Last month I promised to talk to you about conflict and what it is. It seems really obvious. I mean, look it up in a dictionary and you’ll find: to come into collision or disagreement; be contradictory, at variance, or in opposition; clash, or as a noun: a fight, battle, or struggle, esp. a prolonged struggle; strife; controversy; quarrel: conflicts between parties; discord of action, feeling, or effect; antagonism or opposition, as of interests or principles: a conflict of ideas; a striking together; collision; incompatibility or interference, as of one idea, desire, event, or activity with another.

So basically, it’s opposition that can result in strife, clashing, struggle, quarreling, etc., etc., and so on and so forth, dot dot dot. So there. No need to say more. Right? Well, maybe not. Okay, so let’s talk novel conflict. When you’re writing a novel, you usually have a central conflict. That means, there has to be something that your main characters are fighting against. Now that may not be literal fighting. It might be an obstacle that is simply in their way and they must overcome it, go around it, or figure out how to make it go away. It could also be incidental. For instance. What if two countries are at war and they are battling and your main character just happens to be trying to go through the battlefield and can’t go any other direction because he has to take that route? Maybe it’s a matter of time. Maybe it’s a matter of that’s the only way to get where he is going. He’s incidental to the battle, but it is a major problem for him.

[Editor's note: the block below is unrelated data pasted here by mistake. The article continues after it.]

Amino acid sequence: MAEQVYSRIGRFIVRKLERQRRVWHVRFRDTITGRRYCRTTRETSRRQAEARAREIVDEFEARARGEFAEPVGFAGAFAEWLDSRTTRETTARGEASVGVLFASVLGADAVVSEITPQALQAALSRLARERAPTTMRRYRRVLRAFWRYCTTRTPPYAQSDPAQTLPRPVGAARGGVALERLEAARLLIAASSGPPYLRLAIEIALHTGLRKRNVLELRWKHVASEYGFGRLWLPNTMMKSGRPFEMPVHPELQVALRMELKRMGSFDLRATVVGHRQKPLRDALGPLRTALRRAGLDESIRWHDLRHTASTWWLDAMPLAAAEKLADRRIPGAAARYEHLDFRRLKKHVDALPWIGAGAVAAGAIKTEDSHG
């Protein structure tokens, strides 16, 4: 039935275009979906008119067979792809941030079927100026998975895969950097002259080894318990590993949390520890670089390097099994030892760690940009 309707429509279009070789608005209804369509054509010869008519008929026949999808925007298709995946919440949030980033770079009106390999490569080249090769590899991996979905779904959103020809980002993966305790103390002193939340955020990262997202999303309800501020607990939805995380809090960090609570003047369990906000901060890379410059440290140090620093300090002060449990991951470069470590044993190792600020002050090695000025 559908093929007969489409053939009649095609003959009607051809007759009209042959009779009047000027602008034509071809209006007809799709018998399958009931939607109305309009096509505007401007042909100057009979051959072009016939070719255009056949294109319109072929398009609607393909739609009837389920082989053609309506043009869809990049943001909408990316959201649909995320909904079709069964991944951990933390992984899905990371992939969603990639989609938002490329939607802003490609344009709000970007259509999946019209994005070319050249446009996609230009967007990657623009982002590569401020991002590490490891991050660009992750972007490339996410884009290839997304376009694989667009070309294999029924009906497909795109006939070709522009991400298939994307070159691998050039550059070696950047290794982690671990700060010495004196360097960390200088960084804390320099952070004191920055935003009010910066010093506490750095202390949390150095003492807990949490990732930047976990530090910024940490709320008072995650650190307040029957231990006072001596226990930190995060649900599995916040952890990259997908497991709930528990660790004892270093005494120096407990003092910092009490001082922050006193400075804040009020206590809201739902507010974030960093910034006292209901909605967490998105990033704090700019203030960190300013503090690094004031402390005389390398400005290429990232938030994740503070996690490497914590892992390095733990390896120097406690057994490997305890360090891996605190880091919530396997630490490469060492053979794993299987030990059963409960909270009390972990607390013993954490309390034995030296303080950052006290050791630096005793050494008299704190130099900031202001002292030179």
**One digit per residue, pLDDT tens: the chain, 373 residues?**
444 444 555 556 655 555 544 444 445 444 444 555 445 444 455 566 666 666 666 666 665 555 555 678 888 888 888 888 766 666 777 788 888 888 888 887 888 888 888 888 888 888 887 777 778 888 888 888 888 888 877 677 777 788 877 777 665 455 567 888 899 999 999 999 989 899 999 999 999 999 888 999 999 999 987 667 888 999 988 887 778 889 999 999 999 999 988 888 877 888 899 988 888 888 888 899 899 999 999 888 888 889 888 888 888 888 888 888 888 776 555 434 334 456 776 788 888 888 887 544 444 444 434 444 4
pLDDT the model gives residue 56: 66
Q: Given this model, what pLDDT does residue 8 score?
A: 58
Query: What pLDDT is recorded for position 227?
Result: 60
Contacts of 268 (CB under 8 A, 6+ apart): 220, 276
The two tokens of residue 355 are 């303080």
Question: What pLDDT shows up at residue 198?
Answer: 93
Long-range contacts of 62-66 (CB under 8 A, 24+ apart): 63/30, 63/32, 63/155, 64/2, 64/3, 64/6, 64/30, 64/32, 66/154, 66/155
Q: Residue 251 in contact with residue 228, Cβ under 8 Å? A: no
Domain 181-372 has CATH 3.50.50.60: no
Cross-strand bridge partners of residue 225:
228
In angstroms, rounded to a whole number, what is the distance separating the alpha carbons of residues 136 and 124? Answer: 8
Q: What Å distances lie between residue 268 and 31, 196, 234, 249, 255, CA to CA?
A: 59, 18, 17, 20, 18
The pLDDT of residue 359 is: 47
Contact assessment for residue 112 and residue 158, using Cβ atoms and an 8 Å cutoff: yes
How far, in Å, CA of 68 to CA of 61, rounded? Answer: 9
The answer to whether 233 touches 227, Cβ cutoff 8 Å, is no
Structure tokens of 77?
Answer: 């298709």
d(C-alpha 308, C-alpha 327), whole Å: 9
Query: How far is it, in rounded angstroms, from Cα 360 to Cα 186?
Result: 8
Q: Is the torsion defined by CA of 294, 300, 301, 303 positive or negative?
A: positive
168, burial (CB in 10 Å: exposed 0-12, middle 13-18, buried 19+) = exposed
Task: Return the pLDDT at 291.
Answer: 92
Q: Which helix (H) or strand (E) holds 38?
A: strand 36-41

In crossing that battlefield, your character is likely to run into more conflict. Those conflicts create smaller arcs that help carry the action forward and keep the reader interested as the larger conflict plays out. So possibilities include your character getting involved in a battle. Perhaps he sees an injustice and feels the need to step in and help. Perhaps he gets captured and is forced to spy for the bad guys. Perhaps he finds a magic coin and suddenly he starts spewing money every time he talks and he can’t stop. There’s an endless kettle of problems that comes with that. The possibilities for conflict are endless. But the point is, you have to make it hard for your character to get to the end of the book in one piece.

But make sure your conflict isn’t random or arbitrary. It  has to be anchored in your world, your characters and your story. As more conflict piles on, it shows your character and world more and so it has to be true to the story and world.  A novel also needs more than one conflict to keep reader interested for the length of the book. Your choices are external and internal conflicts. External is obviously conflict that comes from outside. Internal is from within.

Internal conflict is when a character struggles with herself. It could be a moral dilemma, a struggle between two desires, wanting something she can’t have and so on. To me, internal conflict is also necessary for a novel. I don’t think stories are all that interesting when the characters are struggling to make good choices. It’s really fun when they make bad ones. But the point is that they must struggle. I don’t much care for the black and white hero who is GOOD and is fighting against EVIL and has no worries or concerns beyond SAVING THE DAY. Blech. I want a hero who’s got problems. Who doesn’t want to do the right thing or who doesn’t even know what it is. I want someone who’s a little dirty and doesn’t wear a white hat. Same with the evil. I want someone who I like sometimes. Mercedes Lackey once said, “Even evil wizards get up in the middle of the night to eat chocolate chip cookies.” That’s a wizard I want to know. I want to eat cookies with him and hope they aren’t laced with arsenic. It’s just more interesting.